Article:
Mitigation: Project proponents should evaluate the impacts of increased freight activity in order to develop measures to mitigate them. One mitigation measure that can directly address the increased freight transportation activity is to alter local transportation networks to minimize interactions between trucks and automobiles, pedestrians, and bicycles.
Showcasing Freight and NEPA Integration
The Integrating Freight into NEPA Analysis report identifies freight-focused and freight-related projects. The National Gateway Clearance Initiative exemplifies the effective coordination of freight priorities, issues, and solutions in the NEPA process.
The National Gateway Clearance Initiative aims to reduce highway congestion in the Midwest and Mid-Atlantic regions by shifting long-haul freight transportation from the regions' roads onto double-stacked trains, essentially doubling containerized freight capacity without increasing the length or frequency of trains. Partners in the initiative include, but are not limited to, State Departments of Transportation; State environmental, preservation, and resource agencies; local municipalities; and CSXT.
In order to accomplish the goals of the initiative, the partners worked to address 40 overpasses and tunnels in Maryland, Ohio, Pennsylvania, and West Virginia that were too low to accommodate double-stacked intermodal cars.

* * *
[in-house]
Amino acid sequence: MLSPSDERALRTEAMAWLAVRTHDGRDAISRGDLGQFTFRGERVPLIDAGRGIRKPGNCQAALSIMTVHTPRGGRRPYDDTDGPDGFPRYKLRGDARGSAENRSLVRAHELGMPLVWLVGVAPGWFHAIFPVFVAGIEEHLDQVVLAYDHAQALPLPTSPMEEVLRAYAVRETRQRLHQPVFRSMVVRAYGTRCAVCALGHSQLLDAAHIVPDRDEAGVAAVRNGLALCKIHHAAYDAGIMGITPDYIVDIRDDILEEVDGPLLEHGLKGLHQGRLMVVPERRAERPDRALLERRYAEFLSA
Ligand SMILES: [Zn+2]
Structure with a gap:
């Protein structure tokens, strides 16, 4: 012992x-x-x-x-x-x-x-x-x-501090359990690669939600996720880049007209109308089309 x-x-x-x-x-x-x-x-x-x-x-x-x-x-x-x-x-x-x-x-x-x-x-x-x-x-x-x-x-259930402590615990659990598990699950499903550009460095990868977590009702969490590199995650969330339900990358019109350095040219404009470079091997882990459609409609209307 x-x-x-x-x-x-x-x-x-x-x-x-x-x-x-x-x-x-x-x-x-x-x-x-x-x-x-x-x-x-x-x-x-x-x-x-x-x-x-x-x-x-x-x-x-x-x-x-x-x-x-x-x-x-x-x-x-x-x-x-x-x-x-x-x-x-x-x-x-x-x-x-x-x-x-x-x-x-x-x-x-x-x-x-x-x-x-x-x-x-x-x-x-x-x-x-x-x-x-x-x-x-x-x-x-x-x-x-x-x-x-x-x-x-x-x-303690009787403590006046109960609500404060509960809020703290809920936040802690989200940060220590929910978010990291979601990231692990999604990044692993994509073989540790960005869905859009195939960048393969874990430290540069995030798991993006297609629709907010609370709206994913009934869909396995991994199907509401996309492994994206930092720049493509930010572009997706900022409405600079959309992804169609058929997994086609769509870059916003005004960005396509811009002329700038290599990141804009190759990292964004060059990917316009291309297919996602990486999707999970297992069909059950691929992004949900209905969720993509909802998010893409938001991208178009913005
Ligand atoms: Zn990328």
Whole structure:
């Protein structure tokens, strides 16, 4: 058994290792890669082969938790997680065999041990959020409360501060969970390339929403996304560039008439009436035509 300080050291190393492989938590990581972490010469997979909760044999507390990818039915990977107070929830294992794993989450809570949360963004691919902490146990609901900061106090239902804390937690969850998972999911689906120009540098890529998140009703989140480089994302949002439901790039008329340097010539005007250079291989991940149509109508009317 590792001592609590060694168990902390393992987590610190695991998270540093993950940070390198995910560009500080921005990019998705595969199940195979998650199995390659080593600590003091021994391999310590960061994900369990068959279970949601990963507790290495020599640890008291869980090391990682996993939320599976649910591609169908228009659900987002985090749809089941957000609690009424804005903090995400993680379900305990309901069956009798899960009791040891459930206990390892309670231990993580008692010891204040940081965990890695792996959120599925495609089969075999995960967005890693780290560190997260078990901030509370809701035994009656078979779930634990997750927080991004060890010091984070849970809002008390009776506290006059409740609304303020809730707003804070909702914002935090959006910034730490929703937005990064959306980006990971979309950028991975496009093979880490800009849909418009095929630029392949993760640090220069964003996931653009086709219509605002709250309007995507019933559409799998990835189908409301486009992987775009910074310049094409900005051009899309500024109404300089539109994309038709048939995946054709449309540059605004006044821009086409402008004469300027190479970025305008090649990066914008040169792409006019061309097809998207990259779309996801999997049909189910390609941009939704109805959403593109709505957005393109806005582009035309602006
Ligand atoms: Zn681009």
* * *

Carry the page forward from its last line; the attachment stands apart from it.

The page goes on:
State Historic Preservation Offices have designated many railroad bridges, tunnels, and track segments along the project corridor as historic properties. Because of these designations, the project proponents sought to limit impacts to the historic structures along the route. To increase clearance on a bridge, project proponents can raise the existing bridge, modify or replace the bridge superstructure, remove the bridge, or lower the tracks beneath the bridge. For tunnels, project proponents can achieve the necessary vertical clearance by modifying the tunnel liner, notching the tunnel portal, or open-cutting the tunnel.
Project proponents identified 10 historic tunnels along the route that required modification to accommodate double-stacked freight trains. Through the NEPA alternatives analysis process, the project proponents determined that historically sensitive modifications were not structurally viable for three of the tunnels in Somerset County, Pennsylvania. Therefore, the only viable alternative available to project proponents was to open-cut the tunnels, which would affect the historic character of the facility. To mitigate these planned impacts, the project proponents agreed to thoroughly document the preexisting structures and create a website with historic information about the freight corridor. Throughout the NEPA process, project proponents engaged freight stakeholders to consider freight priorities along with historic preservation concerns.
The NEPA process enables transportation officials to make project decisions that balance engineering, freight, and mobility needs with social, economic, and natural environmental factors. Engaging a wide range of partners, including freight stakeholders, early in the planning and environmental processes helps ensure that projects can adequately address freight needs.